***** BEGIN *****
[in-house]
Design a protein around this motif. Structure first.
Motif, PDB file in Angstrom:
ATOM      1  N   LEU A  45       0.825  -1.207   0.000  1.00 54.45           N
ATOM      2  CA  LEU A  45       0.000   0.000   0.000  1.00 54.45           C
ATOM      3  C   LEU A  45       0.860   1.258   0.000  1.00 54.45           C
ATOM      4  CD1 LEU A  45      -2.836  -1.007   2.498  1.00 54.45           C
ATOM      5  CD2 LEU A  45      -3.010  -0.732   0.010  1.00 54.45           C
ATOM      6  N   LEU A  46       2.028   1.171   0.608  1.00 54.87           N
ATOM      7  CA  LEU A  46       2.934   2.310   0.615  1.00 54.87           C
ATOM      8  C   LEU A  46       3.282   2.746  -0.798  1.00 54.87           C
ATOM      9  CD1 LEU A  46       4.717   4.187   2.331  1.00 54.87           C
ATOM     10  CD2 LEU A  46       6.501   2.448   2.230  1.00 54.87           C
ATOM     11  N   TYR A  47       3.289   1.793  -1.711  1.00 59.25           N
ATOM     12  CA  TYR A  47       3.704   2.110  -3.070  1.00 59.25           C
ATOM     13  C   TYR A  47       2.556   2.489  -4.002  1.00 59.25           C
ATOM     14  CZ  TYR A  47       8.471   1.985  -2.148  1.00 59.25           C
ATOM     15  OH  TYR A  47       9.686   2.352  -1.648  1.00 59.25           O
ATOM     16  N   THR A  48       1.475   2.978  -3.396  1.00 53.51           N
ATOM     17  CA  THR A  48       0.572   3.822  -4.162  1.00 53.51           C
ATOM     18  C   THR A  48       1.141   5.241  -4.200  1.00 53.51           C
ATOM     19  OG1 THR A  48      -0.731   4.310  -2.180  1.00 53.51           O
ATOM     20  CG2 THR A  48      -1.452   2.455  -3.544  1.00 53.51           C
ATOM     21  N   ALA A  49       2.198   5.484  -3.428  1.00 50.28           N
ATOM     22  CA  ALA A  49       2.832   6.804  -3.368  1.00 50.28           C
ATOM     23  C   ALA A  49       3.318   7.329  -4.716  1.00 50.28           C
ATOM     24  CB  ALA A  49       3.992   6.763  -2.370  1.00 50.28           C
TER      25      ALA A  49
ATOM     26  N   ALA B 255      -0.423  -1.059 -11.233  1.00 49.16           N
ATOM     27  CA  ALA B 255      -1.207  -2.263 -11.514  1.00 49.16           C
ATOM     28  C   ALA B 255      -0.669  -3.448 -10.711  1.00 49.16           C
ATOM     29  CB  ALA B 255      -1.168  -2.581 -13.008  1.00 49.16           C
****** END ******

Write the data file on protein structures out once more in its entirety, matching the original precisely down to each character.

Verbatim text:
[in-house]
Design a protein around this motif. Structure first.
Motif, PDB file in Angstrom:
ATOM      1  N   LEU A  45       0.825  -1.207   0.000  1.00 54.45           N
ATOM      2  CA  LEU A  45       0.000   0.000   0.000  1.00 54.45           C
ATOM      3  C   LEU A  45       0.860   1.258   0.000  1.00 54.45           C
ATOM      4  CD1 LEU A  45      -2.836  -1.007   2.498  1.00 54.45           C
ATOM      5  CD2 LEU A  45      -3.010  -0.732   0.010  1.00 54.45           C
ATOM      6  N   LEU A  46       2.028   1.171   0.608  1.00 54.87           N
ATOM      7  CA  LEU A  46       2.934   2.310   0.615  1.00 54.87           C
ATOM      8  C   LEU A  46       3.282   2.746  -0.798  1.00 54.87           C
ATOM      9  CD1 LEU A  46       4.717   4.187   2.331  1.00 54.87           C
ATOM     10  CD2 LEU A  46       6.501   2.448   2.230  1.00 54.87           C
ATOM     11  N   TYR A  47       3.289   1.793  -1.711  1.00 59.25           N
ATOM     12  CA  TYR A  47       3.704   2.110  -3.070  1.00 59.25           C
ATOM     13  C   TYR A  47       2.556   2.489  -4.002  1.00 59.25           C
ATOM     14  CZ  TYR A  47       8.471   1.985  -2.148  1.00 59.25           C
ATOM     15  OH  TYR A  47       9.686   2.352  -1.648  1.00 59.25           O
ATOM     16  N   THR A  48       1.475   2.978  -3.396  1.00 53.51           N
ATOM     17  CA  THR A  48       0.572   3.822  -4.162  1.00 53.51           C
ATOM     18  C   THR A  48       1.141   5.241  -4.200  1.00 53.51           C
ATOM     19  OG1 THR A  48      -0.731   4.310  -2.180  1.00 53.51           O
ATOM     20  CG2 THR A  48      -1.452   2.455  -3.544  1.00 53.51           C
ATOM     21  N   ALA A  49       2.198   5.484  -3.428  1.00 50.28           N
ATOM     22  CA  ALA A  49       2.832   6.804  -3.368  1.00 50.28           C
ATOM     23  C   ALA A  49       3.318   7.329  -4.716  1.00 50.28           C
ATOM     24  CB  ALA A  49       3.992   6.763  -2.370  1.00 50.28           C
TER      25      ALA A  49
ATOM     26  N   ALA B 255      -0.423  -1.059 -11.233  1.00 49.16           N
ATOM     27  CA  ALA B 255      -1.207  -2.263 -11.514  1.00 49.16           C
ATOM     28  C   ALA B 255      -0.669  -3.448 -10.711  1.00 49.16           C
ATOM     29  CB  ALA B 255      -1.168  -2.581 -13.008  1.00 49.16           C